But this was Basketball 101 on the fly.
One of my favorite stories was in training camp when Klein, a Bill Veeck-esque showman and promoter, hired a hypnotist to feed positive thoughts and success to his starters. They underwent the hypnosis and then came out to scrimmage the reserves. Center Nate Bowman, loopy from the session, fell and broke his ankle and was lost for the season, leaving the Bulls without any true big man. They would be 2-16 that season against Bill Russell and Wilt Chamberlain and basically equally competitive against the rest of the veteran league.
They were built from the start on a quick pace with Rodgers and Sloan’s toughness and forward Don Kojis basically inventing the NBA alley-oop with Rodgers, then named the Kangaroo Kram for the high jumping Kojis. Kojis in typical early era Bulls fashion would be put on the expansion list for San Diego after the season by mistake. On the plane ride to New York for the expansion meeting, the story goes, one of the owners got drunk and exchanged Kojis with one of his drinking buddies despite Kojis being a starter and the team declaring after the season to protect the starters.
The lack of a dominant center would be a franchise albatross for many years, even when the Bulls moved into championship contention in the early 1970’s with Sloan, Norm Van Lier, Bob Love, Chet Walker and Tom Boerwinkle. The Bulls tried center after center following the loss of Bowman. One was the notorious Reggie Harding, coming off suspension for various criminal activities. Harding once held up a store in his Detroit neighborhood. The proprietor recognized him and said, “Don’t do it, Reg.” Harding answered: “It ain’t me, man.”
And so a franchise was born.
The expansion Bulls were the surprise of the league, defeating a powerful St. Louis Hawks team in their opener after coach Richie Guerin predicted the Bulls wouldn’t win 10 games. The Bulls then were unveiled in Chicago, defeating Rick Barry and the Warriors and Elgin Baylor and the Lakers. NBA regular season games were a traveling carnival back then with the Bulls playing “home” games in Evansville to take advantage of Sloan’s popularity as well as away games in places like Ft. Wayne, Providence, San Jose, Fresno and Memphis. The Bulls’ fast start and exciting, relentless play captivated Chicago and before long the old International Amphitheatre at the Stockyards was turning away fans. But that was also the time of the great McCormick Place fire. With trade shows more lucrative, the Bulls were kicked out of the Amphitheatre for playoff games, going to the Coliseum on the near South Side, mostly known for 19th Century political conventions and about as up to date.
The Bulls would wake up the Hawks and the NBA that season and were swept in that first playoffs. But from that initial success, the Bulls built one of the most feared and fearsome teams of the early 1970s, averaging more than 50 wins for five seasons after the acquisitions of Love and Walker to ride Dick Motta’s forward oriented offense. Sloan and Van Lier were the embodiment of the logo and the community spirit to the point the great stars of the game, like Jerry West and Walt Frazier, would openly and constantly complain about having to play the Bulls and endure their physical tactics.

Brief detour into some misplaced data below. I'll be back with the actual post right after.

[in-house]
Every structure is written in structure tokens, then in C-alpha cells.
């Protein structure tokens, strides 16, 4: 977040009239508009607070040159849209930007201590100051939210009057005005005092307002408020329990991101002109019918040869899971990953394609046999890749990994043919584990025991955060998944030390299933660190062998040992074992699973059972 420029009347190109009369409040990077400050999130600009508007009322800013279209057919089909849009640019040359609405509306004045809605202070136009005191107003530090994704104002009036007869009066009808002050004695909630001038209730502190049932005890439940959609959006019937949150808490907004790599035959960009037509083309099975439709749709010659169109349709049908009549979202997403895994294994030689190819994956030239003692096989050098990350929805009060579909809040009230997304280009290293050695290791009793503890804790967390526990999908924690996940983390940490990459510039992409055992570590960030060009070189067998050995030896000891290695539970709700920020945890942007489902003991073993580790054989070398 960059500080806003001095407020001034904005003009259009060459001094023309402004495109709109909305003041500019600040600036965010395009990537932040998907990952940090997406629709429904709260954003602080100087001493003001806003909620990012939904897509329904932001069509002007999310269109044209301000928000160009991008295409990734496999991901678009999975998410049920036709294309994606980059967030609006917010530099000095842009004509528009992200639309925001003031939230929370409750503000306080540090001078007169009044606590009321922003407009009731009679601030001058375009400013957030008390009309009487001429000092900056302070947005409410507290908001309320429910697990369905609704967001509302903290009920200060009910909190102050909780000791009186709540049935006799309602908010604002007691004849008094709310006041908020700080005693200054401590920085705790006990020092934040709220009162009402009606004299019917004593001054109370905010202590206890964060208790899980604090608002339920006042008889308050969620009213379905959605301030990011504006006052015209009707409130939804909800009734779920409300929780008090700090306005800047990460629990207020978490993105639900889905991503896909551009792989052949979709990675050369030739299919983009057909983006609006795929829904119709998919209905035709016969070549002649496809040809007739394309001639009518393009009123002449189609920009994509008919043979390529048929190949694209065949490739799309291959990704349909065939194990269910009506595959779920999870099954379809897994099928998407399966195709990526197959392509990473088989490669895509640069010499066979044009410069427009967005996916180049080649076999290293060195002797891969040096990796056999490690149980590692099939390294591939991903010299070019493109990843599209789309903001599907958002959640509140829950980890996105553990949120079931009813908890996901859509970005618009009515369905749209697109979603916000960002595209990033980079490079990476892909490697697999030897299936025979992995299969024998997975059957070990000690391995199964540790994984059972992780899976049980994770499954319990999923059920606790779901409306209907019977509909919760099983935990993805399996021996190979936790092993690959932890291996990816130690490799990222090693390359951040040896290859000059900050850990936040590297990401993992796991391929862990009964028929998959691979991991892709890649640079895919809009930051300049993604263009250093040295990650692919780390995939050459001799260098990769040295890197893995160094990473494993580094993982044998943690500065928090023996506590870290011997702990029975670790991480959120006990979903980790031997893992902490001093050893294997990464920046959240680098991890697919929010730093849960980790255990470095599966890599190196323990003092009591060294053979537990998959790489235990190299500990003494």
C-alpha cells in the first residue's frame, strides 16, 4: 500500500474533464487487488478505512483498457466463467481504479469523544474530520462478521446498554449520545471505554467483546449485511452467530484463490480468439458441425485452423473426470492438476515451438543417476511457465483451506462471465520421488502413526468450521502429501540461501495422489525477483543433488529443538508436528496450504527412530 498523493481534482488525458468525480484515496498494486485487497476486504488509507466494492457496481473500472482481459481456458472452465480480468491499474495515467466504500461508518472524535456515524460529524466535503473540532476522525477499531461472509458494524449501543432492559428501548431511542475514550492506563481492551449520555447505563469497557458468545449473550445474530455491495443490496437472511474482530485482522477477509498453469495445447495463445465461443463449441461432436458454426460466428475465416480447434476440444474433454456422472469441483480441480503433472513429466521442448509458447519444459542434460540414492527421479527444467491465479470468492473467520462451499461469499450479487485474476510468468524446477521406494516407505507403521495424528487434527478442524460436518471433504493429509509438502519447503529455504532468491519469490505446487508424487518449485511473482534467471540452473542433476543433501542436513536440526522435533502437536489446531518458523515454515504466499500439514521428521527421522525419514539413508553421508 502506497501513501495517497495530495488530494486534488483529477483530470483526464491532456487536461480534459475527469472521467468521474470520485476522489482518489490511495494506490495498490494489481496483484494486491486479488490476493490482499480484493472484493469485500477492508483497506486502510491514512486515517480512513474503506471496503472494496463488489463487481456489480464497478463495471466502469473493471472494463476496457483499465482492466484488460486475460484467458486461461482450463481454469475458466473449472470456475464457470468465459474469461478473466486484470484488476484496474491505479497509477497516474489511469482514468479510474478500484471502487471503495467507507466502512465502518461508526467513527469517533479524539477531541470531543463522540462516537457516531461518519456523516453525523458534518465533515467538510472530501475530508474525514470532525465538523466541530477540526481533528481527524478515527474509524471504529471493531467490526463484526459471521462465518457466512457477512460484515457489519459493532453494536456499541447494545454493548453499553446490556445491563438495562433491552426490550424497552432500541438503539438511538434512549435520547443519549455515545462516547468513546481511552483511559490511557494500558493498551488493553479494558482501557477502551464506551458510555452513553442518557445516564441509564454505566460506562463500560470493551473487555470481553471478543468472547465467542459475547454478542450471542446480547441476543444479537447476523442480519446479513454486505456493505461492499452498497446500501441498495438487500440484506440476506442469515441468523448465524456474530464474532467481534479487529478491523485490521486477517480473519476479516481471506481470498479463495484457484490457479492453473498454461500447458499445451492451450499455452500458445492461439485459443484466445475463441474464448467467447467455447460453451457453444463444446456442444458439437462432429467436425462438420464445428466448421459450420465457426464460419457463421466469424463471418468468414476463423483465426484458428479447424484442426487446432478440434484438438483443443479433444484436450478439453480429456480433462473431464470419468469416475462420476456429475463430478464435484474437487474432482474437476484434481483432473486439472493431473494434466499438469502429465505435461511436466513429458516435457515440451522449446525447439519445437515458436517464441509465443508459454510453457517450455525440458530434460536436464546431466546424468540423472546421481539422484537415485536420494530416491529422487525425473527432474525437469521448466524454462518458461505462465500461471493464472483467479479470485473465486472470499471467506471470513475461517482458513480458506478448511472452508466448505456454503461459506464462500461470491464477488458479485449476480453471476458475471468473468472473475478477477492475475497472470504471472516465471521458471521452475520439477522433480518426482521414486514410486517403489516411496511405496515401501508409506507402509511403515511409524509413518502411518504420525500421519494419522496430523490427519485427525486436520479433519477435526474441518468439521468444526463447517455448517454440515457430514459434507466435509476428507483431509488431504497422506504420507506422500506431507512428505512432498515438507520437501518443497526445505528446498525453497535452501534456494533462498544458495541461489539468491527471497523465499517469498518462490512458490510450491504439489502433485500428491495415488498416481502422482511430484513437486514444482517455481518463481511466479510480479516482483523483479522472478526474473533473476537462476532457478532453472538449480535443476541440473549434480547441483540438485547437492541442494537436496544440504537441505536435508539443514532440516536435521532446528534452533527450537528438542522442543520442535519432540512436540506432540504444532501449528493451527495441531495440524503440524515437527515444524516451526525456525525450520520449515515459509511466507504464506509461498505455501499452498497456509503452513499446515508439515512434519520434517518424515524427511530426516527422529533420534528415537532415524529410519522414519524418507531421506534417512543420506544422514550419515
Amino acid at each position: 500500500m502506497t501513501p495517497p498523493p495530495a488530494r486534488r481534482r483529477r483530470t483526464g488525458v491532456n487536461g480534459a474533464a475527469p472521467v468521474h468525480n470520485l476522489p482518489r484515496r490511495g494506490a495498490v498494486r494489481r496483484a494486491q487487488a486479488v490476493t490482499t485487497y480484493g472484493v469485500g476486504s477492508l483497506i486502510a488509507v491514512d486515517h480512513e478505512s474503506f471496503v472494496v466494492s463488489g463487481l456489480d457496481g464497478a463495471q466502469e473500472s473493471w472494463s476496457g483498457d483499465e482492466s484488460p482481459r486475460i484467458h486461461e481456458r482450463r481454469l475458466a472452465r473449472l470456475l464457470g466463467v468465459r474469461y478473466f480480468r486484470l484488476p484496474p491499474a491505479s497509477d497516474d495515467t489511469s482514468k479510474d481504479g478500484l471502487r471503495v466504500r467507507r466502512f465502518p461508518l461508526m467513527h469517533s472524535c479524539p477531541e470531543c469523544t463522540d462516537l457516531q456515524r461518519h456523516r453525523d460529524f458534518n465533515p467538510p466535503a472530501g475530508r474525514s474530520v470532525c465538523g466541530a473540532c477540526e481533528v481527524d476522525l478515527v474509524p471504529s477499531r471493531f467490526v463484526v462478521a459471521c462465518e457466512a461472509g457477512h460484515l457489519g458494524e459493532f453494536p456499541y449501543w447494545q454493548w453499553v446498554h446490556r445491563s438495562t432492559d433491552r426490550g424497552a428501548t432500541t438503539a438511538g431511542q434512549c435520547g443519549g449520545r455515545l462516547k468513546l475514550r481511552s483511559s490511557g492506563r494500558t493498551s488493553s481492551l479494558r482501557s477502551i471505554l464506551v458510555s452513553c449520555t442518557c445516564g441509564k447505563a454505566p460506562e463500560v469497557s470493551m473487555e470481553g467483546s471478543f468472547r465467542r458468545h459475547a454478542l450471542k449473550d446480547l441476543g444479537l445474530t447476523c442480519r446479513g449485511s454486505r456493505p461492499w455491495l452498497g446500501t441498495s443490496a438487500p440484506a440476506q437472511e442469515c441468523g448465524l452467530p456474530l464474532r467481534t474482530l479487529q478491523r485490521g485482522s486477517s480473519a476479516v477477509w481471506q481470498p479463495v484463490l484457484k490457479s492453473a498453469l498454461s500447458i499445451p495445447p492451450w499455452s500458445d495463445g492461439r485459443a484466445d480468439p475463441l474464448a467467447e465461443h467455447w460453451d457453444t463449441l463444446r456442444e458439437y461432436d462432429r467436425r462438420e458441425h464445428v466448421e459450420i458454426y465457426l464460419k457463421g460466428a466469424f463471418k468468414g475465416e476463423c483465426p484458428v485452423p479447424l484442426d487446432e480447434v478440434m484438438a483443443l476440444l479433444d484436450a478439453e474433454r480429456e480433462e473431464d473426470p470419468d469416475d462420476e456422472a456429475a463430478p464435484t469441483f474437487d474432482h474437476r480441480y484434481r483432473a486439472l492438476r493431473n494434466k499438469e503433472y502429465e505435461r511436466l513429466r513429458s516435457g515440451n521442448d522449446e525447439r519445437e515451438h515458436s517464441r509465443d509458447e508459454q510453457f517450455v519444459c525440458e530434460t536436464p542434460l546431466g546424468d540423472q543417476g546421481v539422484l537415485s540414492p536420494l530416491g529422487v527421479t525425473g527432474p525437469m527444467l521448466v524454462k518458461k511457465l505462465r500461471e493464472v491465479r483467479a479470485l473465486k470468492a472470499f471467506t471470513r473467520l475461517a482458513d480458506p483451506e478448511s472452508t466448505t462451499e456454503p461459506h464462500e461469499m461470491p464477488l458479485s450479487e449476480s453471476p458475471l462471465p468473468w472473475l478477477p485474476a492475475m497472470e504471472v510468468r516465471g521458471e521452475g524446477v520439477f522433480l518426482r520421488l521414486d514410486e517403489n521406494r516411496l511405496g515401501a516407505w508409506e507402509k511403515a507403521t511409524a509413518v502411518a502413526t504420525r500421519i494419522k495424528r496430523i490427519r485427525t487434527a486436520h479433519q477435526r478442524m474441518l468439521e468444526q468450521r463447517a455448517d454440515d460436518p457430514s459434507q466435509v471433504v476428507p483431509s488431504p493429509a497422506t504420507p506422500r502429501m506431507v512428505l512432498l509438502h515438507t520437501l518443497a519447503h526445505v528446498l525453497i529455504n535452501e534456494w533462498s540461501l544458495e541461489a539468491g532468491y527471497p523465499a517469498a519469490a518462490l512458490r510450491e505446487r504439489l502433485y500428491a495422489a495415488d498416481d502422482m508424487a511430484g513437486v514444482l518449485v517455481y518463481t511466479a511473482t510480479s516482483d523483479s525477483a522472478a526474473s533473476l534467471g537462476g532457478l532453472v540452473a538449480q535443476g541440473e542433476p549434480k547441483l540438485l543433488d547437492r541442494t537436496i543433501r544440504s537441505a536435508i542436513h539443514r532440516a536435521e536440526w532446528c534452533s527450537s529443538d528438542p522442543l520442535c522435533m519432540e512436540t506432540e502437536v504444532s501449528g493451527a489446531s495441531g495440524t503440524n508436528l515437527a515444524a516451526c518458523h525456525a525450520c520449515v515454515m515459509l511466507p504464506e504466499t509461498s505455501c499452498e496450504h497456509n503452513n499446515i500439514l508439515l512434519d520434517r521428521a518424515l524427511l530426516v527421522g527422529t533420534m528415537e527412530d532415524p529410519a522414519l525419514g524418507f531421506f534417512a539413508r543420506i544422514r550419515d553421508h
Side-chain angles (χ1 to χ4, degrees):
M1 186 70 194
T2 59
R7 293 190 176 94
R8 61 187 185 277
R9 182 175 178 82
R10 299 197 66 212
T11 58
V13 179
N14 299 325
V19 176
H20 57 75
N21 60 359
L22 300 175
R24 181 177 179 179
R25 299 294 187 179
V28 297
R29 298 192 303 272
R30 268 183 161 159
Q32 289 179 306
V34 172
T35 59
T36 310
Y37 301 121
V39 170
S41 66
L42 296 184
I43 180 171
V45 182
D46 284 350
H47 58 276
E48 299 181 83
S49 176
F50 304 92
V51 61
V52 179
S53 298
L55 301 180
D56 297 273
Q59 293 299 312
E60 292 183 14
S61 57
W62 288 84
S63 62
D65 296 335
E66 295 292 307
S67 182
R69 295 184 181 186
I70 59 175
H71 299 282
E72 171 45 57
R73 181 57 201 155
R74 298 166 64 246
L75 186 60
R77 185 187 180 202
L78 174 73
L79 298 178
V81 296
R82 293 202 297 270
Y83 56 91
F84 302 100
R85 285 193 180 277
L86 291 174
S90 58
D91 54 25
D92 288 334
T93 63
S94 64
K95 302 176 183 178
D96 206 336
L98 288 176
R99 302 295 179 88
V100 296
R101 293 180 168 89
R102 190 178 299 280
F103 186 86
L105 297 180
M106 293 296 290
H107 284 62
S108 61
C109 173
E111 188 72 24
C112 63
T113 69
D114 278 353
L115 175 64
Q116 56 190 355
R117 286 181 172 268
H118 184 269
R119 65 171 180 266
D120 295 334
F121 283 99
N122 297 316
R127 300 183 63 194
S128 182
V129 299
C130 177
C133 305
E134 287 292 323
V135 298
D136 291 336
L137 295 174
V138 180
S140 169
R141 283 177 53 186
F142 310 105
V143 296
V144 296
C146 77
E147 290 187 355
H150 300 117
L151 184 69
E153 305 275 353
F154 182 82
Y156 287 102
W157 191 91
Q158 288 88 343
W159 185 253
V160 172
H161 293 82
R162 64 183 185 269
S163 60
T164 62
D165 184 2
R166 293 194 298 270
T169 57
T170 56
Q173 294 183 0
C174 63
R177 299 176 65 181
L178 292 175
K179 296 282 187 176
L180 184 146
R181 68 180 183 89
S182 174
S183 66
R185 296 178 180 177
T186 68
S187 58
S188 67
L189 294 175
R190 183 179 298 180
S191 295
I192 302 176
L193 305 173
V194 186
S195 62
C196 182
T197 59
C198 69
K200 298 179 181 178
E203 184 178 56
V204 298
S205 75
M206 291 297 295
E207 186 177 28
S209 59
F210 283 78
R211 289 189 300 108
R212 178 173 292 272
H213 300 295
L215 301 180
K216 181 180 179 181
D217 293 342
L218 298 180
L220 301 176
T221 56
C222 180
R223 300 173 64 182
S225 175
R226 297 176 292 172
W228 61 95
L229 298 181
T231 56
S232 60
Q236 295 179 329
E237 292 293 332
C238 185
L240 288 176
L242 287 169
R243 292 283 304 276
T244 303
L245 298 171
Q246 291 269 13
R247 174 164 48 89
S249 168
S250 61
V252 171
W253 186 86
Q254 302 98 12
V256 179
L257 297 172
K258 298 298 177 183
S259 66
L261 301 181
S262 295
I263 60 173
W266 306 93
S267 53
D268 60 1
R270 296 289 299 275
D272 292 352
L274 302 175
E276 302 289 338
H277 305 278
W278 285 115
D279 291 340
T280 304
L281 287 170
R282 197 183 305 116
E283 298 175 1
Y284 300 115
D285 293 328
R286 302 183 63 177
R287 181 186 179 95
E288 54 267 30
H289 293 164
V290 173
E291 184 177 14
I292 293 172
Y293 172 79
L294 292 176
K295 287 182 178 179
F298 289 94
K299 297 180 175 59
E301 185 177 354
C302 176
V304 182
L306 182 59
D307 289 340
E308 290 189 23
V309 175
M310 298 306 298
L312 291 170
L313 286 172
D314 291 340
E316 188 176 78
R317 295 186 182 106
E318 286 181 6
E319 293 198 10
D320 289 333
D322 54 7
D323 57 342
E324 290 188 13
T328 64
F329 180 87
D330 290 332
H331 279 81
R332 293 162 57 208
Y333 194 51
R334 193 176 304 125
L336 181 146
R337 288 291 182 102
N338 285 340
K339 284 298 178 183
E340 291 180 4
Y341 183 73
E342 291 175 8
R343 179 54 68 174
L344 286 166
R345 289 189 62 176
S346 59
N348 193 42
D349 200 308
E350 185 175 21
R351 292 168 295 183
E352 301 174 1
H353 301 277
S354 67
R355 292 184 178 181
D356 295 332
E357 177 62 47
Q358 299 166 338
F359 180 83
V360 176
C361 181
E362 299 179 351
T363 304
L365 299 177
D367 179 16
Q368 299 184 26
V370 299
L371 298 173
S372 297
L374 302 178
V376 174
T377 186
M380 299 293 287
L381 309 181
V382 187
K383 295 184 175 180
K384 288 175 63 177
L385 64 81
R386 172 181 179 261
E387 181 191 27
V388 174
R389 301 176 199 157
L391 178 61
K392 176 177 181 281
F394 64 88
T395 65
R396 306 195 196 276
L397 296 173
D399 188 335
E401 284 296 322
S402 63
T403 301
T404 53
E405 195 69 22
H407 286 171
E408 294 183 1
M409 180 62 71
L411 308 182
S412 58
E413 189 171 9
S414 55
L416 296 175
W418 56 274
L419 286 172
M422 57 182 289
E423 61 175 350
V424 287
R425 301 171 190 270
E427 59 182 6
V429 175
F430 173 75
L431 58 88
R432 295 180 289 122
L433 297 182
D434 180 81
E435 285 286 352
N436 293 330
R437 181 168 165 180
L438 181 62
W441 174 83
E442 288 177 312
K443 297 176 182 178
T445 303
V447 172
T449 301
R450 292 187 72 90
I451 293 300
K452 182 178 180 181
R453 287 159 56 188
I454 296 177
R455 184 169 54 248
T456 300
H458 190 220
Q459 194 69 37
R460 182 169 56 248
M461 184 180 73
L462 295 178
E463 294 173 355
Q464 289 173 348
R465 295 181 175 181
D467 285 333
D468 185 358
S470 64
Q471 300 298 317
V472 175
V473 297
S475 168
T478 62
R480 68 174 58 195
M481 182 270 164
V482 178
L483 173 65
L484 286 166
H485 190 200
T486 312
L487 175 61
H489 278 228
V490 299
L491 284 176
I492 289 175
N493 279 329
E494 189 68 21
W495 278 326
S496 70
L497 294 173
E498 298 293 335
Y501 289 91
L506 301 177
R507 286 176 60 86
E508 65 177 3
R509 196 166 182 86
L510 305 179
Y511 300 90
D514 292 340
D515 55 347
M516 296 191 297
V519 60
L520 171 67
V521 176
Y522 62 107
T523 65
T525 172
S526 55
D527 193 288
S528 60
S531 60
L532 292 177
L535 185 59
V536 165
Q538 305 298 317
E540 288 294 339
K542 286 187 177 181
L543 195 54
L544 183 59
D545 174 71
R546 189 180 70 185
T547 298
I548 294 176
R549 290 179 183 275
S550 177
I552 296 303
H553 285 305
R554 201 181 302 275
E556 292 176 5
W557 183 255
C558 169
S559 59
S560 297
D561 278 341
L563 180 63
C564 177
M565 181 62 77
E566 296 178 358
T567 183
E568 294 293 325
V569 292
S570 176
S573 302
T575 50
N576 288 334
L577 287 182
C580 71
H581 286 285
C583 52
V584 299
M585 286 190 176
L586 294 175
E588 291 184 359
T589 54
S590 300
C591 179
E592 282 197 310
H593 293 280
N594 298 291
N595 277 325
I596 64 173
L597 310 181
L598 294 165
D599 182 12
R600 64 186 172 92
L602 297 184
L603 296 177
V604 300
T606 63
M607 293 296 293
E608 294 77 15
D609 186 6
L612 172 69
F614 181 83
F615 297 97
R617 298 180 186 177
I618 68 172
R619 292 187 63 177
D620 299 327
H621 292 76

Guards were iron filings to Sloan and Van Lier.
Sloan, whose body endured dozens of bruises, breaks and tears in a scene fitting of the Spirit of ’76 (make that ’66), was known for taking the most charges in the league. Sloan would routinely step in front of lumbering big men like Wilt Chamberlain or Willis Reed, draw a charge and then leap up screaming in their face, “I’m not scared of you!”
The Bulls broke through in 1970-71 with their first 50-plus win season and went on to records of 57-25, 51-31 and 54-28 through 1973-74. Then playing in the Western Conference, they would be thwarted each season in the playoffs by the Lakers and Chamberlain or the Milwaukee Bucks and Kareem Abdul-Jabbar. Those Bulls had their chances, losing a seventh game to the Lakers and Chamberlain in 1971 and again in 1973 when they blew a seven-point lead with under three minutes remaining and Chamberlain blocked a Van Lier shot with the Bulls ahead by a point in the last minute.
By then Motta had won a power struggle to oust Klein and take over as coach and general manager, the beginning of the end for that contender. Motta also chased out general manager Pat Williams, who’d made the trade for Walker, and scout Jerry Krause, who would return briefly as general manager after Motta’s departure and then for 18 years under Reinsdorf in 1985.
Though it did at first seem like 1974-75 was the year. The Bulls swapped defensive specialist Clifford Ray for star center Nate Thurmond, though unbeknownst to the Bulls Thurmond was in massive decline. Thurmond put up the first quadruple double in NBA history in his debut, but faded fast. The Bulls would get to the conference finals in 1974-75 after going 47-35. Leading the conference finals series 3-2, they lost Game 6 at home in the famed “Mother’s Day Massacre,” and then went to California and lost Game 7. The Warriors would go on to sweep the Bullets to win the 1975 championship. The fiery Motta in a shocking post game diatribe blamed the loss on Love and Van Lier for their early season holdouts, which Motta claimed cost the Bulls home court advantage and the series. The team would convulse from within and with Sloan getting injured the following season and his career ending, the Bulls would fall to 24 wins.